“Jennifer is incredibly bright, well educated, has a
high level of common sense and, as an attorney, she is
well equipped to fight battles dealing with tough
The governor received a standing ovation when he said,
“There will be no more trailers at the high school and
there will be a creation of 1,000 jobs. We believe this
work and jobs will boost the economy in Monroe, Belmont
and Noble counties. He thanked everyone for their
“It is clear that there is a community commitment to the
children and there is nothing more important to the
future of our state than the quality of education for
The governor also noted that the new schools will be
energy efficient. There will be a savings in energy cost
and there will be a healthier environment for the
children. “They will be ‘green’ schools.”
“This is a great day. Not an end, but an exciting
beginning. It’s time to give credit where credit is
due,” said Jason Yoss, local attorney and The Time is
NOW Committee member. He presented Governor Strickland
and Representative Garrison with a plaque acknowledging
their contributions in the efforts to attain new schools
for the district.
“Every district deserves to have elected officials like
we have,” added Yoss.
Landing Vital in Sardis History
landing is shown in the early years.
The big white house was a hotel, offering shelter to
weary river travelers. The landing was vital in the
Sardis. The house still stands
has been restored.
by Martha Ackerman
“You can’t just sit on a chair and expect things to
change,” said Henry Clegg of Sardis.
Clegg wants to make a difference in his home town. He
went to the residents and taxpayers of the riverfront
area for help in his endeavor to mark a site, the former
ferry landing. He noted that most people who don’t live
along the river must ask permission from homeowners to
fish or enjoy the river. Many times, he said, the answer
Clegg and other interested residents want to maintain
the heritage of this property. Clegg canvassed the area
and received welcome support from taxpayers from Sardis, Patten’s Run, Narrows Run, Ketzel Hill, Barnes Run,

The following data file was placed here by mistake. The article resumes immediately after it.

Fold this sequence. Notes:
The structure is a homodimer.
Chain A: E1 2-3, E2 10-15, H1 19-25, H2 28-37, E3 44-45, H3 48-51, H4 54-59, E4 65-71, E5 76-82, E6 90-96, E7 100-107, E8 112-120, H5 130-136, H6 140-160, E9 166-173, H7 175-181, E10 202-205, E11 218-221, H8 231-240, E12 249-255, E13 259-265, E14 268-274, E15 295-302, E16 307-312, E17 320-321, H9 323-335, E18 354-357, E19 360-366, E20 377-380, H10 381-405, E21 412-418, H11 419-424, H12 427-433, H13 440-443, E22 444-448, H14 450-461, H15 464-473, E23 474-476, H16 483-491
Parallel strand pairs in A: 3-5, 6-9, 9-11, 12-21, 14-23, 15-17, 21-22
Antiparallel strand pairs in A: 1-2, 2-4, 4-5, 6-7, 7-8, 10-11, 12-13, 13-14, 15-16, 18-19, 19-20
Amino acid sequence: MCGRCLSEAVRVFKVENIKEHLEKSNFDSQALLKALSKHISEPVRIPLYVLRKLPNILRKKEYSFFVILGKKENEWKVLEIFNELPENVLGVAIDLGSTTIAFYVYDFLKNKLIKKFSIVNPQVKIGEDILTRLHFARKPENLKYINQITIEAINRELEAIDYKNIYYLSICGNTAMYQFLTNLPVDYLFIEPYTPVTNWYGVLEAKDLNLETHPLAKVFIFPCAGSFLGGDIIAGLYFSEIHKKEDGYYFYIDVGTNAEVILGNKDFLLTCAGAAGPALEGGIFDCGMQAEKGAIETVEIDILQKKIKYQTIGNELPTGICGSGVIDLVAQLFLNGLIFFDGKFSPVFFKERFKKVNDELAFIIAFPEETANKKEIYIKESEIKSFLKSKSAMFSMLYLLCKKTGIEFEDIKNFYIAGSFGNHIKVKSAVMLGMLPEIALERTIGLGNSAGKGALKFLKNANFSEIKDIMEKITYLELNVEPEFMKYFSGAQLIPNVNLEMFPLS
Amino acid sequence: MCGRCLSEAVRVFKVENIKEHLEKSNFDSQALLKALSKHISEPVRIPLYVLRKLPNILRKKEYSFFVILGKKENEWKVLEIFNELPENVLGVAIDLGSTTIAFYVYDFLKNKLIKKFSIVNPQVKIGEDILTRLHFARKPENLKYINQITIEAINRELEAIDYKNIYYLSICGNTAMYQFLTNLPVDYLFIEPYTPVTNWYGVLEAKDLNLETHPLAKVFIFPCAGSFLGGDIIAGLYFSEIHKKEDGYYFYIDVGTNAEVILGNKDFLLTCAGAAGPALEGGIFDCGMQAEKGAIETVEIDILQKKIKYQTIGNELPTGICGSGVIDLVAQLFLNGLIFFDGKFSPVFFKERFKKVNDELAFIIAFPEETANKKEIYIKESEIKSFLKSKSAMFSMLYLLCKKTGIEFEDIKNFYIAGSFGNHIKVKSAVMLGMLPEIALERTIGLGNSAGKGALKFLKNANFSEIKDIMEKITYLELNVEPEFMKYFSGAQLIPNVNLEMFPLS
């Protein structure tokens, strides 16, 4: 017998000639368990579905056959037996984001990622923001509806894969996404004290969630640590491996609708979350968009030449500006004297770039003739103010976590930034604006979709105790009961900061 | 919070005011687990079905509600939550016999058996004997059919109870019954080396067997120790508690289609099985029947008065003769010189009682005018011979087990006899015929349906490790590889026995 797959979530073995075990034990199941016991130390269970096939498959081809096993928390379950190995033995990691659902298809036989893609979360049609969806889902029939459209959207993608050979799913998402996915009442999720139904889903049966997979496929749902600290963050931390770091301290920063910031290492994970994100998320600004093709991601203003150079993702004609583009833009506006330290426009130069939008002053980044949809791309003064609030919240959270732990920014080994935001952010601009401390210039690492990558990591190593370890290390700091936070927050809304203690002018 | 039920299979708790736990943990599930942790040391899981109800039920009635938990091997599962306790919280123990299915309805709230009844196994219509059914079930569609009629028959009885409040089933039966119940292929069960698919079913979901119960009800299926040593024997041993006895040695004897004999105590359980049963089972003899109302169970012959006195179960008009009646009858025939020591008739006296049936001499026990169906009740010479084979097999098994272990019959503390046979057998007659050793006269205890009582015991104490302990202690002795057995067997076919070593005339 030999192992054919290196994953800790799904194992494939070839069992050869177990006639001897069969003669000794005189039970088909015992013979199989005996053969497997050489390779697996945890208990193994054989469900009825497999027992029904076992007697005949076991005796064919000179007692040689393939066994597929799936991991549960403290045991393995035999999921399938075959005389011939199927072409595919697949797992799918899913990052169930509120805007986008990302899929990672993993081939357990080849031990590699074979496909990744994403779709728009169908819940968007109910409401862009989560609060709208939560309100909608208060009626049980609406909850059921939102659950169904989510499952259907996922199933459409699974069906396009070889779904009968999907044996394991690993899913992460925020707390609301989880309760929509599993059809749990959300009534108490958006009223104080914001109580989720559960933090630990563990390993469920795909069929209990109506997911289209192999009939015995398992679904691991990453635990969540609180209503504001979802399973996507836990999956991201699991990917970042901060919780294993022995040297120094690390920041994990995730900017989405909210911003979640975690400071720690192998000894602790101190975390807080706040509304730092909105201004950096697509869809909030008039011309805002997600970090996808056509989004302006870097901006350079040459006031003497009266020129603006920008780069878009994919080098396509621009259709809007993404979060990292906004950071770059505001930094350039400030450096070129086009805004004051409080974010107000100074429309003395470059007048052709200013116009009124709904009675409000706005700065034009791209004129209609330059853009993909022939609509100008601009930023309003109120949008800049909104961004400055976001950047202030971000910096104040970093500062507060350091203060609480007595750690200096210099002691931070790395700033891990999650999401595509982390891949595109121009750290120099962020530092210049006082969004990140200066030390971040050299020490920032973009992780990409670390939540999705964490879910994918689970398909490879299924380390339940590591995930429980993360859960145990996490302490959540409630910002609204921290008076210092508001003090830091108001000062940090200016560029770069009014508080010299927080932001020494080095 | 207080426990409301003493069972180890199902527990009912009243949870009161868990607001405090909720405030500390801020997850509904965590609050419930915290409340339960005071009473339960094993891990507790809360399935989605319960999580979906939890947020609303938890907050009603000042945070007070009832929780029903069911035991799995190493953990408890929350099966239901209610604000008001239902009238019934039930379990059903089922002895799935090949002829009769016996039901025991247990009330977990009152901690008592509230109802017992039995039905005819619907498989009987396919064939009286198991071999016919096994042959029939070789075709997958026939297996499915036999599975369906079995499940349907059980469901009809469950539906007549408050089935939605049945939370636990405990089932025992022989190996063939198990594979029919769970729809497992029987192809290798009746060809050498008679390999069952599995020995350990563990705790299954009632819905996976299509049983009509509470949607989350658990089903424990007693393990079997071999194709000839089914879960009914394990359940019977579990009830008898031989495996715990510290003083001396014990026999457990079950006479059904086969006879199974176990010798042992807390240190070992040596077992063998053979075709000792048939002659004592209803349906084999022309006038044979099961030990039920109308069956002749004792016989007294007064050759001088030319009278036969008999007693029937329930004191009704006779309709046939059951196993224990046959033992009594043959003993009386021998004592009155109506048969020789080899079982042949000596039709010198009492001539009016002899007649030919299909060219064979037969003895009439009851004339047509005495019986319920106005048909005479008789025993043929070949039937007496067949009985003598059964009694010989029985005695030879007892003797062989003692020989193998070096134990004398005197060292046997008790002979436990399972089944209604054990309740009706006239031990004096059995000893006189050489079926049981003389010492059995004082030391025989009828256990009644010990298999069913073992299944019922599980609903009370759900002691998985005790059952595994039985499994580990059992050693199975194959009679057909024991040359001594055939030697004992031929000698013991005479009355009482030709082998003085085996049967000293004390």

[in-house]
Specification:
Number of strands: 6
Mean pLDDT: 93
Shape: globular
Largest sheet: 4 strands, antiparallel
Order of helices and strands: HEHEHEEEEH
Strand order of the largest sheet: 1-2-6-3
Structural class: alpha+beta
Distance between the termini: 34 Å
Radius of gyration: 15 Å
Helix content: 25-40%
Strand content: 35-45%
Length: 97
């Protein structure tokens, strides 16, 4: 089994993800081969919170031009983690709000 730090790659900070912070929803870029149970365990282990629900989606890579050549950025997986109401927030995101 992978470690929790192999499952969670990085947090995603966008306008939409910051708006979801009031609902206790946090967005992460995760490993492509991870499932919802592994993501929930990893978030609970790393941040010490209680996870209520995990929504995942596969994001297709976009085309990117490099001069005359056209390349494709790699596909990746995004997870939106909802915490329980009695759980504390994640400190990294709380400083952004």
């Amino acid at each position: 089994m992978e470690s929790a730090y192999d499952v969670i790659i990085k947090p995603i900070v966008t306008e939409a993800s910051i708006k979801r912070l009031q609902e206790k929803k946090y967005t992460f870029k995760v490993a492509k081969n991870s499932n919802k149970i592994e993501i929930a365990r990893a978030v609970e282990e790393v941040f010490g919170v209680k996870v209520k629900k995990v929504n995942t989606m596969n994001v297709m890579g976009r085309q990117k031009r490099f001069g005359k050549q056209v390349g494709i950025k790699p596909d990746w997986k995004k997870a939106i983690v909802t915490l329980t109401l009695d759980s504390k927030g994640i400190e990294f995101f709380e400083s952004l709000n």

Fly, Duffy, Duffy Run and
A 60x340 foot piece of property, located at the
intersection of Main and Monroe Streets in
Sardis and owned by Lee Township,
has been surveyed by Greg Biedenbach of Biedenbach
Surveying. It is all staked out and is clearly marked so
the public can access it for fishing, recreation,
watching the boats go by or just enjoying the scenery.
According to Clegg, the property is the former site of
the ferry landing which ran between
Sardis and Mendota, Wetzel County,
W. Va. by George E. Paden from October 1915 to
October 1923, and by A.E. Watters and J.M. Jackson from
1926 through 1935 and May 7, 1937 through 1939. (Dates
taken from Monroe County, Ohio:
A History by Theresa and Stanley Maienknecht.)
John Jackson’s ferry boat was named Beryl for his
Clegg is gathering information on the history and
heritage of the ferry landing and its importance to the
According to Maienknecht’s book,
was laid out in 64 lots in 1843 by James Patton. Sardis, at one time, consisted of four
buildings: Patton’s house, Johnson and Algeo store, the
Wilson Martin home and the Amos Heaton home and shoe
shop. Several more businesses were added in 1844. The
first post office was established on May 15, 1844 with
the first postmaster being Thomas Algeo. Mail was first
brought overland from Mari-etta and then later
contracted to river boats.
One source of information was Bob Beisel, who lives near
the ferry landing property. The ferry landing was the
life blood of the area. According to Beisel, barrels of
food, hardware and livestock made its way into the Sardis area via the ferry.
The river was the means for incoming supplies and it
gave the agriculture community an outlet for their
produce, allowing for economic growth.
The ferry site and surrounding land was formerly owned
by the Beisel brothers, one of whom was Bob’s father.
The land was sold and despite Bob’s attempt to buy it
back, it was not to be.
Beisel said that when folks from the
side of the river wanted a ride to the
side, a bell would be rung to signal passage was needed.
The smaller pack boats stopped at the landing during
trips up and down the river from Wheeling to
Marietta. Wharf boats were used
at the landing for storing supplies.
According to Beisel, the house he lives in was flooded
into the second story.
One story retold was of William Eisenbarth’s father who
had brought a bull to town, tied to a wagon. The bull
was bound for an auction in Pittsburgh. A young couple was walking on 255